Cognitive Linguistics, Foundations, Scope, and Methodology

Cognitive Linguistics, Foundations, Scope, and Methodology

Cognitive Linguistics, Foundations, Scope, and Methodology

Cognitive Linguistics, Foundations, Scope, and Methodology

Synopsis

"The theoretical literature on learning and growth can be difficult to master and even more challenging to integrate into e-learning, but Michael has made this easy for all of us. He explains this thinking in clear and accessible language, amplifies the theories with research results, and describes popular approaches by applying these theories to learning and growth. Taking the illustrations even further into the field of e-learning design, he offers useful scenarios and practical examples of how these theories can be employed in online learning programs, providing readers with concrete ideas to leverage them in their own work." --Nick van Dam, global chief learning officer for Deloitte and founder and chairman, e-Learning For Kids Foundation (www.e-learningforkids.org)

"Here, through research and examples, Allen delivers vivid ways to realize the promise of e-learning."--Allison Rossett, professor of educational technology, San Diego State University

"While its target audience is instructional designers, this book should also be required reading for all training managers seeking guidelines on implementing world-class training. Allen provides bridges the gap from theory to practice on both training and educational programs. His guidance is as applicable to classroom-based as it is to e-learning based training."--Patty Crowell, director, Global Education Services, LSI Logic Corporation

"Our sales/service performance has greatly improved due to the ideas and processes in Michael Allen's books. They not only solidified our e-learning practices, but enhanced our blended learning skills as well."--Dave Hooker, vice president, Training and Program Development Institutional Sector, Ecolab Inc.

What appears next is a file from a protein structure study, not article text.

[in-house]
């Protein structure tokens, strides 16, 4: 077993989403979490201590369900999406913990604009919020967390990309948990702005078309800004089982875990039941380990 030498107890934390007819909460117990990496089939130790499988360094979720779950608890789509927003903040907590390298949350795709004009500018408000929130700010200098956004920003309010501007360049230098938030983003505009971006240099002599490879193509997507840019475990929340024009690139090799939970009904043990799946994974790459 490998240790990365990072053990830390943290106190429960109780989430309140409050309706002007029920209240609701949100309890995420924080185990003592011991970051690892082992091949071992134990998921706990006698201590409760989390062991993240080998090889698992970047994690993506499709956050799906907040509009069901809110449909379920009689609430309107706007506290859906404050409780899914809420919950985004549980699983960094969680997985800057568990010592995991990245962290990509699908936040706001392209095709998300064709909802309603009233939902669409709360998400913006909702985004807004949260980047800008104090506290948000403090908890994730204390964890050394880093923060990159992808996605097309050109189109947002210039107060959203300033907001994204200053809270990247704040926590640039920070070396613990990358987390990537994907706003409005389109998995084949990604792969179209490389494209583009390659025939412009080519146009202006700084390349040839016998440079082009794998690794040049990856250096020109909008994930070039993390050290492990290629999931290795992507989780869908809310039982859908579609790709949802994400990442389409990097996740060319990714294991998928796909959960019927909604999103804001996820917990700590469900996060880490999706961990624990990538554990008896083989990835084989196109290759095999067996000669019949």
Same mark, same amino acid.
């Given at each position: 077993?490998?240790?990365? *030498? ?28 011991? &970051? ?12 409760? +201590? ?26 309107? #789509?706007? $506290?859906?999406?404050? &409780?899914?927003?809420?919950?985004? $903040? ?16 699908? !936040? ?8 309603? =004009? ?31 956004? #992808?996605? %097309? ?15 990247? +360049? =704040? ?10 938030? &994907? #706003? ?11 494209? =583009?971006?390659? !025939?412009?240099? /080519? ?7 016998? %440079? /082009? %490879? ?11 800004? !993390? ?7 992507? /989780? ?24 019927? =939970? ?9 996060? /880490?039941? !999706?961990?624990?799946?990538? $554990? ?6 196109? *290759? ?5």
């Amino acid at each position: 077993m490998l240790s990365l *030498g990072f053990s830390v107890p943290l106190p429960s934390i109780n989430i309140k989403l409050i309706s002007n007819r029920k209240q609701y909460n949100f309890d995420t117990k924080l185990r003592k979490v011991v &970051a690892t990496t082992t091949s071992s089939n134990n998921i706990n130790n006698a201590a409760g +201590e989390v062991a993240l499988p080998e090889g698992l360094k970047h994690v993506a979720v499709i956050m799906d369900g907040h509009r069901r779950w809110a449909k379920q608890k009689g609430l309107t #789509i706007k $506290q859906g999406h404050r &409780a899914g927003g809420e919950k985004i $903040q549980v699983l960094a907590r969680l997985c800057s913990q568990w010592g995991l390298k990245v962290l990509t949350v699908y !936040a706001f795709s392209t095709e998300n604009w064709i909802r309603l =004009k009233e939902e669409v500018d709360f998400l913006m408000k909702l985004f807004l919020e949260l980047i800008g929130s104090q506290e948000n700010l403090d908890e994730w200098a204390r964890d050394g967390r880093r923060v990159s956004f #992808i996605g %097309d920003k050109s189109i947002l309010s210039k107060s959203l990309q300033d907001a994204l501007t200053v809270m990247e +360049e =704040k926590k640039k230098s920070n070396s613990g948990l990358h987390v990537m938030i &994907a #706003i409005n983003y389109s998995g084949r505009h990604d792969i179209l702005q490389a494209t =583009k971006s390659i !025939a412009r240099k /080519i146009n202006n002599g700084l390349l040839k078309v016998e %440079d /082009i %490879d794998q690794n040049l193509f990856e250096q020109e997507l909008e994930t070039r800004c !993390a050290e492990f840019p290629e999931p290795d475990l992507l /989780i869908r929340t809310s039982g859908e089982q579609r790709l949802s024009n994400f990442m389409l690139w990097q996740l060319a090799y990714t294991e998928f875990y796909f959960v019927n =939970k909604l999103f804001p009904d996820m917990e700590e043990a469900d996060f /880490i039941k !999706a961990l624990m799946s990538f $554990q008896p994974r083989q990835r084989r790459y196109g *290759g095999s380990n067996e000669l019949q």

Excerpt

Cognitive Linguistics established itself as a coherent, identifiable approach about a decade ago, marked by the first International Cognitive Linguistics Conference (Duisburg, Germany, 1989) and by the founding of the journal Cognitive Linguistics, which first appeared in 1990. By that time, the major theoretical foundations had been laid and a substantial amount of empirical data had already been gathered to support and develop those theories, resulting in a number of scholarly publications that have since become widely-cited classics: George Lakoff and Mark Johnson's (1980) Metaphors We Live By, Leonard Talmy's (1983) [How language structures space], Charles Fillmore's (1985) Frames and the Semantics of Understanding, Gilles Fauconnier's (1985) Mental Spaces, George Lakoff s (1987) Women, Fire and Dangerous Things, Ronald Langacker's two-volume work on the Foundations of Cognitive Grammar (1987, 1991; paperback edition 1999), Leonard Talmy's (1988) Force Dynamics in Language and Cognition, Brygida Rudzka-Ostyn's (1988) Topics in Cognitive Linguistics, George Lakoff and Mark Turner's (1989) More than Cool Reason, Eve Sweetser's (1990) From Etymology to Pragmatics, and the first volume in the Cognitive Linguistics Research series, Ronald Langacker's (1990) Concept, Image, and Symbol.

All these authors and a steadily increasing number of scholars world-wide have taken up the challenge of mapping out the structure and dynamics of language in use from a cognitive perspective. That perspective entails a concern for contextualized, dynamically constructed meanings and for the grounding of language use in cognitive and social-interactional processes.

Against the background of diversification and consolidation of cognitive linguistic research, the plenary talks at the Fifth Interna-

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